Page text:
The Las Vegas party cost $600 a person, records show. Among those attending were Coli, longtime Teamsters spokesman Brian Rainville, Coli protégé Becky Strzechowski and Coli’s other son, John Coli Jr., who’s also a Teamsters official.
Among the items on the tab that night, according to the investigator’s records, were:
• Eight double-cut porterhouse steaks that ran $87.95 apiece.
• Thirteen pounds of live, $36.95-a-pound Maine lobster and four “jumbo lobsters” at $85.95 each.
• Eight orders of Alaskan red crab claws ($39.95 each), 16 lobster cocktails ($36.95 each), eight orders of chilled crab legs ($28.95 each), eight Dungeness crab cocktails ($21.95 each), four orders of “East Coast oysters” ($21.95 each) and four orders of “West Coast oysters” ($21.95 each).
• Four $140 bottles of Duckhorn Merlot wine and three $115 bottles of Cakebread Cellars Chardonnay.
• Martinis made with Grey Goose ($21 apiece), Ketel One ($20.50) and Absolut ($20) vodkas.
Hancock paid $4,172.07 toward the restaurant bill, and Mauro covered the rest, records show.
Hancock also told investigators that HMC, which is based in Jupiter, Fla., became a vendor for Teamster Local 731 in Burr Ridge after the Las Vegas dinner.
According to the union’s website, HMC became its wellness provider in 2012 and was replaced by another company in October 2015. Federal records show Local 731’s health fund paid HMC nearly $465,000 in that period.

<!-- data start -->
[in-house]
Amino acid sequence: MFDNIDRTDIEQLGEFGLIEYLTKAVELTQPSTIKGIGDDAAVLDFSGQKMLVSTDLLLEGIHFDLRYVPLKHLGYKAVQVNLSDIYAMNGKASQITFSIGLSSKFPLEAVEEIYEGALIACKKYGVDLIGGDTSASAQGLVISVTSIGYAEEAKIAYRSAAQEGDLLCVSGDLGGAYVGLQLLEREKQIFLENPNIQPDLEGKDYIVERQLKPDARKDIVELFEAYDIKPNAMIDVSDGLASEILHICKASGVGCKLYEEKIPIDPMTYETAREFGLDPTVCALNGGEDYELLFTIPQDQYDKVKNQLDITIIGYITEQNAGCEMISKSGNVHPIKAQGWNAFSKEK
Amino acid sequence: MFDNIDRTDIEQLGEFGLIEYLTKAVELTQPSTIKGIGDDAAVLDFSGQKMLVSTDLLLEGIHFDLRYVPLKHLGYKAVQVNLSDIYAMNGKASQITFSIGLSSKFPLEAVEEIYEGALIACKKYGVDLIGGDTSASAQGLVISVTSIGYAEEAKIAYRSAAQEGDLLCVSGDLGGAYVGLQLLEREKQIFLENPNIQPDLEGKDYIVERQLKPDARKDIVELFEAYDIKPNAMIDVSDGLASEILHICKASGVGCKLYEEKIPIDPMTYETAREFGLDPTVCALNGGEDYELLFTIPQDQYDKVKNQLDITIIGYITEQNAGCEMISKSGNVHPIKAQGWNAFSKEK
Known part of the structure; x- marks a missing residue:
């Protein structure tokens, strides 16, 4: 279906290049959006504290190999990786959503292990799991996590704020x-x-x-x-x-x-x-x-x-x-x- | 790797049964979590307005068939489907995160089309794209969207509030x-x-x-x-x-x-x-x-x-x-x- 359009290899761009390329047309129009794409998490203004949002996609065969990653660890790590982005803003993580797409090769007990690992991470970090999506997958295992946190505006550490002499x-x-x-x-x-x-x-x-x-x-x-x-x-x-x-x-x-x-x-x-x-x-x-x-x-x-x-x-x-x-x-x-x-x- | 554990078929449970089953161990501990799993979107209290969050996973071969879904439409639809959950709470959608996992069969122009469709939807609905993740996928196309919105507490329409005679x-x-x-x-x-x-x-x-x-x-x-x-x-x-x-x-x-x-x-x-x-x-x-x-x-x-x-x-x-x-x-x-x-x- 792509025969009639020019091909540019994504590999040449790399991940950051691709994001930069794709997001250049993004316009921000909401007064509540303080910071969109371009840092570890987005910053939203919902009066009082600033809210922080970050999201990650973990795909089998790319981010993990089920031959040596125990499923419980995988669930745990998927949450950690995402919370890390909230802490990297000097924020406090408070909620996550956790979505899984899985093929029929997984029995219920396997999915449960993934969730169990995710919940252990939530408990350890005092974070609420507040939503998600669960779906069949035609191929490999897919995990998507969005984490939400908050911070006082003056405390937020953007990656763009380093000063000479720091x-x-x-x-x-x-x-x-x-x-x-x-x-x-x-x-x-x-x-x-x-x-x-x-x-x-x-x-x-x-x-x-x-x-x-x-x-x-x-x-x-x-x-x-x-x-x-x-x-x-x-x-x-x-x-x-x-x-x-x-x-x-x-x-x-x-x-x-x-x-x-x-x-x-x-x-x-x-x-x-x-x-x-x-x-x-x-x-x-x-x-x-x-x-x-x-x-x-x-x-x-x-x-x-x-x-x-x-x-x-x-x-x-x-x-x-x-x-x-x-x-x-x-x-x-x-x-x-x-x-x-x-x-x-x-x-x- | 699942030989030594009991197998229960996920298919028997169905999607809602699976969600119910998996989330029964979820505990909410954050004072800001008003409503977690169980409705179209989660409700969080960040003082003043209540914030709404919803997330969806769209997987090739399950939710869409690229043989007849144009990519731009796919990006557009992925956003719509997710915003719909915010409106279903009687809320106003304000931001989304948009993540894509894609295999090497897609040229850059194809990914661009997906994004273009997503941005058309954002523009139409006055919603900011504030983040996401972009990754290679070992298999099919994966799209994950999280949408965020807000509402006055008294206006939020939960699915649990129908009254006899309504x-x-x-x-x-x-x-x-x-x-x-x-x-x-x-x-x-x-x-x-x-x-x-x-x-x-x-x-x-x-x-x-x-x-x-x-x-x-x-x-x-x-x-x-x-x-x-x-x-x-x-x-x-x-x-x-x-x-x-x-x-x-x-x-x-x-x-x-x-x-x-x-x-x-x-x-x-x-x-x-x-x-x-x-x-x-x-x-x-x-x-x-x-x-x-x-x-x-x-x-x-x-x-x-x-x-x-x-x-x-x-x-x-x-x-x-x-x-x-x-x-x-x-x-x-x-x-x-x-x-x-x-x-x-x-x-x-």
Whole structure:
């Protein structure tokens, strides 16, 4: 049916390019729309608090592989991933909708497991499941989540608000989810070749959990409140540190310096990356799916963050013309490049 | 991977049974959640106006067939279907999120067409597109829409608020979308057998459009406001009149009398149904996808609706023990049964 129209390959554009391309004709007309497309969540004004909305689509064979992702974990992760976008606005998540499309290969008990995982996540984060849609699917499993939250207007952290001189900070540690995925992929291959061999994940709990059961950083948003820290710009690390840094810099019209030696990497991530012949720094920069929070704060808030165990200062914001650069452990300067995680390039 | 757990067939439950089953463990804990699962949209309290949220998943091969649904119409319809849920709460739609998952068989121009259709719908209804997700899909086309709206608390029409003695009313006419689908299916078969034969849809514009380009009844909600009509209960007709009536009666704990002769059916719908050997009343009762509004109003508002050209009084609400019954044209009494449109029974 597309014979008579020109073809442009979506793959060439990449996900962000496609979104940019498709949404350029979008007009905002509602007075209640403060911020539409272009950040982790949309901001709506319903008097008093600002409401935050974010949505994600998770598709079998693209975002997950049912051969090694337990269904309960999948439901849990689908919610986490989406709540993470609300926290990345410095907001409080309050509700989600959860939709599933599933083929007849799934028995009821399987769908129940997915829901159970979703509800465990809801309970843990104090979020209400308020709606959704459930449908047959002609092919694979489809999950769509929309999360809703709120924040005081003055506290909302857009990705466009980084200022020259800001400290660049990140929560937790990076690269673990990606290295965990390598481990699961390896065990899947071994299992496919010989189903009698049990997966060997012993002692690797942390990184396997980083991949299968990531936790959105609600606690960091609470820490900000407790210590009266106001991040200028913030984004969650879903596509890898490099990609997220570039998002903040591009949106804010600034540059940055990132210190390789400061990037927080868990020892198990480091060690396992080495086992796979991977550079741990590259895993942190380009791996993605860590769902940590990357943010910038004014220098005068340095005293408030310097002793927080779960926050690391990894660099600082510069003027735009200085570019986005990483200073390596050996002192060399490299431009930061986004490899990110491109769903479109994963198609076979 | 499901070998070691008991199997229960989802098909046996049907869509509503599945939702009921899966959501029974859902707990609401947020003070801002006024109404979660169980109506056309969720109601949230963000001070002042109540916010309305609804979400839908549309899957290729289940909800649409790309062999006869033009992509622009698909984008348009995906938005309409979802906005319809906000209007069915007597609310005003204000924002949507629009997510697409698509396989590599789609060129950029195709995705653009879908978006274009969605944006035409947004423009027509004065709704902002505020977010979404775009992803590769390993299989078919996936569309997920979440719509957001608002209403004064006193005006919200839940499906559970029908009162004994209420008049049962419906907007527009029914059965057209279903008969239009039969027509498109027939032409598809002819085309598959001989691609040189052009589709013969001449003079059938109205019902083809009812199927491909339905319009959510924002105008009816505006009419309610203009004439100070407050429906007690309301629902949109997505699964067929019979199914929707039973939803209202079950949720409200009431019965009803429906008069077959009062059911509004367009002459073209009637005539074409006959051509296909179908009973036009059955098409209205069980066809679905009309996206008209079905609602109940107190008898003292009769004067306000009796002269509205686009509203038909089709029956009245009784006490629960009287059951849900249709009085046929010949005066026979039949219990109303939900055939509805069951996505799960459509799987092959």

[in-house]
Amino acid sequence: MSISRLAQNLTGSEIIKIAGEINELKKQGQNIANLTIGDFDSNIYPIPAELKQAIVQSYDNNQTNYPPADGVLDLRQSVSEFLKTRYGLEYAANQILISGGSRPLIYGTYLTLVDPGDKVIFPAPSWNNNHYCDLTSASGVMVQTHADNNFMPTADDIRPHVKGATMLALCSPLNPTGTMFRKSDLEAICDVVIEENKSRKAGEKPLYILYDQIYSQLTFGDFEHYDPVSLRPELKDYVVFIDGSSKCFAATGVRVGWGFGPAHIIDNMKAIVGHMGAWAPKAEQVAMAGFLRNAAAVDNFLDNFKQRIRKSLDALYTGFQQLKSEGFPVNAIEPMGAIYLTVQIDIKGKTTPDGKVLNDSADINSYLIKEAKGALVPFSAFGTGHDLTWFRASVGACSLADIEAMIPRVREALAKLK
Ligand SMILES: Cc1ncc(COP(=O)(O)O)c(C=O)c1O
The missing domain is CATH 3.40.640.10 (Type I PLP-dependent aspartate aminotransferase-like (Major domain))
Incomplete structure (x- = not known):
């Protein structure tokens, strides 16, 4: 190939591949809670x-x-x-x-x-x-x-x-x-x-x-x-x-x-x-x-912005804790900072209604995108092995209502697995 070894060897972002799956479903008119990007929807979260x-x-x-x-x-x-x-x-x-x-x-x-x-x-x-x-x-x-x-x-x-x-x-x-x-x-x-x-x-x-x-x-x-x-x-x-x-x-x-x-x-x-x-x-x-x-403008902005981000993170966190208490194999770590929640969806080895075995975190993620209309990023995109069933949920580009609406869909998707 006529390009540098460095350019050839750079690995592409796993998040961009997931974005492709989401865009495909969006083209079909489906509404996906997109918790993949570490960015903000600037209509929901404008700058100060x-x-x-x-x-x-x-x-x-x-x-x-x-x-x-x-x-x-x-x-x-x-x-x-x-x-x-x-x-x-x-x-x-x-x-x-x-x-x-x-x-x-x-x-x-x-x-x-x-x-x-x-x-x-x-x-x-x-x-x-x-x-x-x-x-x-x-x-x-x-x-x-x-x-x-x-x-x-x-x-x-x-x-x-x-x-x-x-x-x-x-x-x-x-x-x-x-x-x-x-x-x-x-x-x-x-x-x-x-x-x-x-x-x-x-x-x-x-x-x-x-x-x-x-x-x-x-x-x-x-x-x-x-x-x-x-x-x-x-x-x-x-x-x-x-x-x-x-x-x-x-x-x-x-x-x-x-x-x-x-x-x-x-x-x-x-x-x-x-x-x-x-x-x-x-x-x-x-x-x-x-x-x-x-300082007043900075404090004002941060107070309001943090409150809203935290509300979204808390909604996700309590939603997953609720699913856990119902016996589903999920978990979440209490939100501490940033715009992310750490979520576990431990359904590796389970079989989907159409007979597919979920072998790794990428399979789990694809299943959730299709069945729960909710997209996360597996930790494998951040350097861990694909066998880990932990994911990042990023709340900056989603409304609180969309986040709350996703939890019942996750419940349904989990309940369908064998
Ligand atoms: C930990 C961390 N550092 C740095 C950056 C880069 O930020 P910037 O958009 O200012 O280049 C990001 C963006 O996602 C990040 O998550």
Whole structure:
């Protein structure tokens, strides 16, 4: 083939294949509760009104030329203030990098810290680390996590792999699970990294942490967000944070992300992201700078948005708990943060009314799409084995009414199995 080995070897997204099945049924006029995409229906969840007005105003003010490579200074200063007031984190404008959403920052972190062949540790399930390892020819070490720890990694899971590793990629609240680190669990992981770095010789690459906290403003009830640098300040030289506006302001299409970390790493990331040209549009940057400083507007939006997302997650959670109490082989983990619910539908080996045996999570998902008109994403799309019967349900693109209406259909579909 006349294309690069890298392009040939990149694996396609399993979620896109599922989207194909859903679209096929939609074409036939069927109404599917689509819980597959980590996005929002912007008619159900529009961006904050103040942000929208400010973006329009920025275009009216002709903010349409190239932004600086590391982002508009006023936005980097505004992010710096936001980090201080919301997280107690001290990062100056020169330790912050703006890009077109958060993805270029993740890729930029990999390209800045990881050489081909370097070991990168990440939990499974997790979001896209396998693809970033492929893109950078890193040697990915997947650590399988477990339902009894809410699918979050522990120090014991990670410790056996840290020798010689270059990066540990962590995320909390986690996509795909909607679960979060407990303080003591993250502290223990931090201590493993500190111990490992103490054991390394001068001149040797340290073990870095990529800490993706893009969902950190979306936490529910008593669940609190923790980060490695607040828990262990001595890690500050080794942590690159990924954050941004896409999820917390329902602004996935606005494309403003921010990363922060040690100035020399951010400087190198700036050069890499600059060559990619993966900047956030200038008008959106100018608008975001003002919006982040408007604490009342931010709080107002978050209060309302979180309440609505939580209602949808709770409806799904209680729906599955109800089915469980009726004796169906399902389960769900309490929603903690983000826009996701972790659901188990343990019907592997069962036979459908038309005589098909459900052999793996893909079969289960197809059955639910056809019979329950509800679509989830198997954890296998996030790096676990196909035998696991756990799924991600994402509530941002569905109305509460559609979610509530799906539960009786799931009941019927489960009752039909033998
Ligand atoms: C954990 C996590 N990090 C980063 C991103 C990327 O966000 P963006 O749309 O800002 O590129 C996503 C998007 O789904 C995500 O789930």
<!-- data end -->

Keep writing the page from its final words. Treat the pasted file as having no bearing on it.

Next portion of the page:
Hancock didn’t return calls. HMC’s chief executive, Janis DiMonaco, wouldn’t comment.
Investigators from diGenova’s office wanted to question Coli on July 28.
But Coli’s lawyer told them he advised him to cite the Fifth Amendment and refuse, saying he would talk to them “after his [criminal] case is resolved.”
“Coli would have been questioned about his relationship with particular HMC employees,” diGenova wrote. “Coli also would have been questioned about the relationship of other service providers for local funds, including his son’s law firm, Illinois Advocates.”
DiGenova — who’s based in New York and whose title is independent investigation officer — argued that “court-approved rules” governing his role gave him the right to demand that any member of the union appear for a “sworn examination.”
On Aug. 10, diGenova asked Teamsters international officials to bring Coli up on union charges for “obstructing, interfering and unreasonably failing to cooperate” with his office.
The union did that a week later, according to Charles Carberry, chief counsel to diGenova.
The Teamsters could permanently ban Coli from holding office with the union and restrict him from having contact with the labor group’s leaders.
A spokeswoman for the Teamsters international wouldn’t comment. Nor would a spokesman for the U.S. attorney’s office in Chicago.